Concerns with scaling Logstash when using the Aggregate filter

The aggregate filter is working great in my testing, but I'm concerned about scale because it is stateful and requires setting filter workers to 1 (-w 1 flag). We have about 150 servers, each of which will generate ~2GB of logs per day. The log structure is generally like this:

sameTaskId, start, username,size
anotherTaskId, start, username,size
sameTaskId, end, authAuditInfo
anotherTaskId, end, authAuditInfo

We love the idea of aggregating in order to reduce storage costs and to avoid aggregating in every query, but are worried about 1 worker keeping up in real-time. How can we solve this? Based on my research, I have a few starter ideas, none of which sound ideal:

  1. Static load balancing rules - We could have each Logstash instance behind a load balancer configured to always route server traffic to the same instance. Cons: we would need to manage a large Logstash cluster and this kind of load balancing is not resilient to failures or needing to add/remove machines.
  2. Use pipeline-to-pipeline communication to fan out to multiple pipelines per machine as described here. Cons: could increase throughput of a machine, but would probably still need the static load balancing described above.
  3. Instead of the aggregate filter, use an entity-centric index as described here. I need to better understand this, but I'm concerned about the comment that the data would also be stored in the standard index. Also, I'm not sure where in the pipeline this aggregating would occur. During ingestion?
  4. Instead of the aggregate filter, use a batch process to periodically aggregate data after it is in Elasticsearch as described here. I'm open to this, but would need an example of how this could be done. Would this use the experimental "Rollup" feature or the "Transforms" feature? If not, would we have to use the API or a client SDK?

At the end of the day, I'd love to aggregate our logs, but want to be sure we can scale and observe system behavior in real-time. Thanks in advance for the input!

Transform is an implementation of the entity centric index idea, the discuss post you referenced is from before transform existed.

With transform you would write all your events into an index, better a data stream and you would use transform to create a session out of the events, basically combine x documents to write 1 document. From the example you gave I guess you want e.g. the duration (end - start), for this you need transform, rollup does not provide something like this. Both Rollup and Transform can run continuously and basically transform/rollup data as it is fed in. After the data has been processed by transform/rollup you are free to decide to delete the original data to reclaim storage space.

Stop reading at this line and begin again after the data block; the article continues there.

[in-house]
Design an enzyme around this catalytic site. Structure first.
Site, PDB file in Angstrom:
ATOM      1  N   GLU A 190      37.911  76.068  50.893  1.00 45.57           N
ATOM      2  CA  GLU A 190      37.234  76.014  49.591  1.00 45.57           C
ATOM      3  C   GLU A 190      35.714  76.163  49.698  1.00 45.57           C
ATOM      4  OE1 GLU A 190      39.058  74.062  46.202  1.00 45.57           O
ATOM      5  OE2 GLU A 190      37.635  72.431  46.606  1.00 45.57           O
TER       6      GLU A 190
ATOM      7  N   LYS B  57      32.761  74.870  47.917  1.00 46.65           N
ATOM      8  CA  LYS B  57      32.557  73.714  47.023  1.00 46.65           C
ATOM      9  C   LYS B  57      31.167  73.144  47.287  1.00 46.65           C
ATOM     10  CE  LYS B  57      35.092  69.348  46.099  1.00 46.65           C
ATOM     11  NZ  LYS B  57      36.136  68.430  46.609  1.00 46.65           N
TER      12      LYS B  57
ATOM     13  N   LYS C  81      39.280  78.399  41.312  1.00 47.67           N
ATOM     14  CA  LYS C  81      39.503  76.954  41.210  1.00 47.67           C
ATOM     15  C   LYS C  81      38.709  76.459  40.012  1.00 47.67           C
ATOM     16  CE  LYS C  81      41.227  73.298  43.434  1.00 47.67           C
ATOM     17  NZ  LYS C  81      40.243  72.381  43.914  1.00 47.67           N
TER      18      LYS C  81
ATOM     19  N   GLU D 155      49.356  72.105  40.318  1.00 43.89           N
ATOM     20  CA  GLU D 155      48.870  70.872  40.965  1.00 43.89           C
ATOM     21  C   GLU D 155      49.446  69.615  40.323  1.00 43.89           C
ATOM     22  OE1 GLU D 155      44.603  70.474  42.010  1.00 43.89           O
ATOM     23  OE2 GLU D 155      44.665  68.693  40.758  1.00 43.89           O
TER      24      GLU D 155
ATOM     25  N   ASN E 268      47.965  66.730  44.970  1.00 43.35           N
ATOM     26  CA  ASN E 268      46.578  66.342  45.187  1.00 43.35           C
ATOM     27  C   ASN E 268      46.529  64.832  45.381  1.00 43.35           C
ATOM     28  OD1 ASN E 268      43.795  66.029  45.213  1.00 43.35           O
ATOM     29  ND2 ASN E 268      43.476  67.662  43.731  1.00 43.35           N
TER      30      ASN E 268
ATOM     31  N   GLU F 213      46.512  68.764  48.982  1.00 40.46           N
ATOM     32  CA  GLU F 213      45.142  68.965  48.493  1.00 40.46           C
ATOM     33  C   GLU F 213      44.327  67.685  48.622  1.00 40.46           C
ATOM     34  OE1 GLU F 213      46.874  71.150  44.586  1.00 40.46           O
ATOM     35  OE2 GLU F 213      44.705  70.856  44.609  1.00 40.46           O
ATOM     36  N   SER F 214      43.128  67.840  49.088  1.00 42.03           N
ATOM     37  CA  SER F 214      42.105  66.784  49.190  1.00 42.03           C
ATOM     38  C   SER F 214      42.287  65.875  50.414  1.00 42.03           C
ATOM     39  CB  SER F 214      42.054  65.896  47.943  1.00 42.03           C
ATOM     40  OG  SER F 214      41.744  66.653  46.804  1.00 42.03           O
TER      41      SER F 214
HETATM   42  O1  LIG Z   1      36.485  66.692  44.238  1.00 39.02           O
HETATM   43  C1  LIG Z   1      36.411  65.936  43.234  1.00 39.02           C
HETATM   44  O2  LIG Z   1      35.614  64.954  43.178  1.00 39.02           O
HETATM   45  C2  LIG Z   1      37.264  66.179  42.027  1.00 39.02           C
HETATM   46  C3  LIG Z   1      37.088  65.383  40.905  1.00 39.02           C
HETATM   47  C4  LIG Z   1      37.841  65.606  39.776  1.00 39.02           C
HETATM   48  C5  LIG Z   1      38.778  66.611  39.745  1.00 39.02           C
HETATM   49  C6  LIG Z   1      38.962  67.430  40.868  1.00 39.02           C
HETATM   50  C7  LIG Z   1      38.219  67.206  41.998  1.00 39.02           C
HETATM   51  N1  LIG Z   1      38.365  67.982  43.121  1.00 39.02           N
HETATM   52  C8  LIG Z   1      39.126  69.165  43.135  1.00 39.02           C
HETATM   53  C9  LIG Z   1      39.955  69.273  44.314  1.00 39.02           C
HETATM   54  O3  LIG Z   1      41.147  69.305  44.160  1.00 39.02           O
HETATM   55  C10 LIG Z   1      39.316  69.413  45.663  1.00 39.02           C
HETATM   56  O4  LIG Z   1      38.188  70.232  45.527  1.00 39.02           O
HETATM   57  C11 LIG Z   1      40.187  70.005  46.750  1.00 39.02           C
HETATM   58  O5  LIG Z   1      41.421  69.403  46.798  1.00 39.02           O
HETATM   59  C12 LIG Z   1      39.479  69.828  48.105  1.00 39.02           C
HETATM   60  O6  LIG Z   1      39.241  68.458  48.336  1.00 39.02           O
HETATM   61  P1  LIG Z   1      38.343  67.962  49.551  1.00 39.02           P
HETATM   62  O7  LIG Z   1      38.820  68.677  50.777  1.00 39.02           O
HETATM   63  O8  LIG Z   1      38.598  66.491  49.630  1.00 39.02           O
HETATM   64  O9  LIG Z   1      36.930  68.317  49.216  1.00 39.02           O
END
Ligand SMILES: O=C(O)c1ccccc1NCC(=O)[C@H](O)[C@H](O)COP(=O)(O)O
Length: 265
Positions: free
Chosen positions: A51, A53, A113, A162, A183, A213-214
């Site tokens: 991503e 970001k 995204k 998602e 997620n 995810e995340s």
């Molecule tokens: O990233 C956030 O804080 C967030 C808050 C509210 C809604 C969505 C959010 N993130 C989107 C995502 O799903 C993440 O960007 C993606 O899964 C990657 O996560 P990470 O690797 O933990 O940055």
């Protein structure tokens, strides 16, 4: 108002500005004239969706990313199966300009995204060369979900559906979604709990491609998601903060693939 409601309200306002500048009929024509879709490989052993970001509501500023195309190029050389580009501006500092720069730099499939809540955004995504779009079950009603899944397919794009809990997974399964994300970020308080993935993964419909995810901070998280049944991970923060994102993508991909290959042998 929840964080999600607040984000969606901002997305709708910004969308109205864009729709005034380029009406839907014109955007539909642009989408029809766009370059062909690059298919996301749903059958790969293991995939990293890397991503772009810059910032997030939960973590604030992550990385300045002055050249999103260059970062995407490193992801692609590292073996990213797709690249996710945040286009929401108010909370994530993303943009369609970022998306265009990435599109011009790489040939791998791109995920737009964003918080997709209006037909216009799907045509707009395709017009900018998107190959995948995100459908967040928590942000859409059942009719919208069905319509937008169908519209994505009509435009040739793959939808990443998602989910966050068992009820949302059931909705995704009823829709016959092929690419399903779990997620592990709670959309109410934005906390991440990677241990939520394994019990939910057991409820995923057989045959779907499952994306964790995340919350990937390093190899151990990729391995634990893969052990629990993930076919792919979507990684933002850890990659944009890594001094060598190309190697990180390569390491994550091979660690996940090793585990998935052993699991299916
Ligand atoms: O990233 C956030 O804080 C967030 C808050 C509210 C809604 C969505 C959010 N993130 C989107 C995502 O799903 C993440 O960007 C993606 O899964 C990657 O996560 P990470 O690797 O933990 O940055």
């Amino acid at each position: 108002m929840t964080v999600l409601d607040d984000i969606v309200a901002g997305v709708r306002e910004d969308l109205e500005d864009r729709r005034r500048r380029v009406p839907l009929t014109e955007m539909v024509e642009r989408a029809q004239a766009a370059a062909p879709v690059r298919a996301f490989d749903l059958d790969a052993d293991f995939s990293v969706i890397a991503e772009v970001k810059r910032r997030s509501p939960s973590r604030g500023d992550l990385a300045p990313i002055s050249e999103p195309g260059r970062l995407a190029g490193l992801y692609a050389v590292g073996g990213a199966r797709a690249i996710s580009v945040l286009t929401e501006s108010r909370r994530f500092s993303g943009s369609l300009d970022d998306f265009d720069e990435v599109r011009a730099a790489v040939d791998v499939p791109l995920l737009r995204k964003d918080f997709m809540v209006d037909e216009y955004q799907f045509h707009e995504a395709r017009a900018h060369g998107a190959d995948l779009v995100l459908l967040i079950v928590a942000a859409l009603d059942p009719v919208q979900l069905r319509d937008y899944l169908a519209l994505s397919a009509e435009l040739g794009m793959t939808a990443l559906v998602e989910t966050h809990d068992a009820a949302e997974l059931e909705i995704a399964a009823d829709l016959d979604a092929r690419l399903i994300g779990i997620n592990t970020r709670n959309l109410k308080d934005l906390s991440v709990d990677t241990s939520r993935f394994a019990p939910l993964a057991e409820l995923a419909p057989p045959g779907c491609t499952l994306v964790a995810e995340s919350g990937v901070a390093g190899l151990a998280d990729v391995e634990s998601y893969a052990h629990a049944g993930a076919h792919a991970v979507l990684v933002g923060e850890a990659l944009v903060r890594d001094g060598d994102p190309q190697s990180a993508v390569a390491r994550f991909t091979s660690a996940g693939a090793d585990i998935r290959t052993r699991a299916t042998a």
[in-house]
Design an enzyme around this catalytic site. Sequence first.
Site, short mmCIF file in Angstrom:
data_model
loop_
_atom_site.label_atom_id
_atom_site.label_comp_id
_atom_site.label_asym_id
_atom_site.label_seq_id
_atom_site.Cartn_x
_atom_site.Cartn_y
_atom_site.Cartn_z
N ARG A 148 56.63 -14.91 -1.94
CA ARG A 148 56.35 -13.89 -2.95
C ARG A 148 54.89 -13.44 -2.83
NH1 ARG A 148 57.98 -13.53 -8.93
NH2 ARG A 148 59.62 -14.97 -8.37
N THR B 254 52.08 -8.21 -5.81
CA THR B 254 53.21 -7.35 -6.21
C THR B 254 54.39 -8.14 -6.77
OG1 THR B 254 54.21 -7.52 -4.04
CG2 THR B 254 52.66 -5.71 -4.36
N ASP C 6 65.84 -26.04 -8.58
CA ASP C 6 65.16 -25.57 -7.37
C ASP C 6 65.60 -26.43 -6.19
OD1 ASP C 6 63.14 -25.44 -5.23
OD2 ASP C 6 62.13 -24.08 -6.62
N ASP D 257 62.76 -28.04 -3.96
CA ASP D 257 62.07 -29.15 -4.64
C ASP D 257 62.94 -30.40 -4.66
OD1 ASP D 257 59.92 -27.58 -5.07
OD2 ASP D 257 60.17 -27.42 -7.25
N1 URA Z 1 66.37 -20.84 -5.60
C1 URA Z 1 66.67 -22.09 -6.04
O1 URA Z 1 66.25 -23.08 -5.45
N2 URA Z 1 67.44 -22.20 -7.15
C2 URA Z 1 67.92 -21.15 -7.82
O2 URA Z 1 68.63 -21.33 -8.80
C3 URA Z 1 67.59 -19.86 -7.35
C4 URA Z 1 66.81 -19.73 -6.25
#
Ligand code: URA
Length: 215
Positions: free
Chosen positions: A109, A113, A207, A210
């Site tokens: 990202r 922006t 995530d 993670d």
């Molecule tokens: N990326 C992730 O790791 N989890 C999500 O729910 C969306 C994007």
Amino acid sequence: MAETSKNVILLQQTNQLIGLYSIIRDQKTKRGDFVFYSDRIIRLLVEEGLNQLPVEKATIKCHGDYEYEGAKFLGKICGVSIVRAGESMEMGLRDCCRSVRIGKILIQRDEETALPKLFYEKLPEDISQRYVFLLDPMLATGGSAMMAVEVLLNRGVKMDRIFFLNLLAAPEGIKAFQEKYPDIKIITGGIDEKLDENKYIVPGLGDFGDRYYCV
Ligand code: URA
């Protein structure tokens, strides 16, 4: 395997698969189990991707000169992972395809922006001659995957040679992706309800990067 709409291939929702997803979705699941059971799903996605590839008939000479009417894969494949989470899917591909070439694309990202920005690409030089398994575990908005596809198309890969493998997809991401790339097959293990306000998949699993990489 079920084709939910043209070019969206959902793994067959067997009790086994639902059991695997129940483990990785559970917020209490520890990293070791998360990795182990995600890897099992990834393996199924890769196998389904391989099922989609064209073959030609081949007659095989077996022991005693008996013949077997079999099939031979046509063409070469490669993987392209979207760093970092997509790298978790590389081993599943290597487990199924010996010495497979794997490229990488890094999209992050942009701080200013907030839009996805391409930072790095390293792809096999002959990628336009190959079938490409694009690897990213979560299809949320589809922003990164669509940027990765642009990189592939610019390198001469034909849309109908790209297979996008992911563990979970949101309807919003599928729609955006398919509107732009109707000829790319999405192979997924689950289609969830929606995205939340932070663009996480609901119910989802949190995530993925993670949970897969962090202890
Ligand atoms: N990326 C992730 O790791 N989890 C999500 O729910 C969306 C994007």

Can you provide an example of how the data should look like after it has been combined?

Nice! I was wondering if that was the case.

Happily! To flesh out my original example for a single task, the source log data looks like this:

taskId-1, start, timestamp, username, size
taskId-1, timestamp, networkstats
taskId-1, end, timestamp, authAuditInfo

We would like to aggregate this into a single record. For example,

taskId-1, startTimestamp, endTimestamp, duration, username, size, networkstats, authAuditInfo

As you can see, each log entry has different data fields and we would like a single record per taskId with all data fields, plus a new duration field where duration = endTimestamp - startTimestamp. Can this be done through the Transforms feature?

If so, this sounds great! My remaining concern would be about increased load on the Elasticsearch servers and how "real-time" this could be, given our data volume (150 servers generating ~2GB logs each per day).

We have some recommendations in our scaling docs. In your case I would especially look into point 4: "limit the scope of the source query". The reason: Only having a terms query would still query all data for every checkpoint. But if you know that 1 session can be worst case e.g. 30 minutes long, it helps a lot if you add a range query to source with now-30m, better now-30m/m (rounds it down to the minute).

I'll definitely keep that in mind. However, in my case a task can run for 1-2 days, so I can only limit so much.

Based on my extended example, are you able to comment on whether I can accomplish my needs with Transforms? It's not clear to me whether it can do the things I need: add fields for the same event as they trickle in and calculate a duration.

Well, than 2d + plus some worstcase based extra, makes still a difference.

Yes, calculating the duration is mentioned in the docs. With respect to adding fields: transform re-calculates the bucket, so if a event to an existing session comes in, that session gets recalculated. Docs again, it explains how this works and is useful to understand which heuristics it uses.

If there isn't an out of the box solution you always have 2 generic options: scripted_metric and ingest pipelines.

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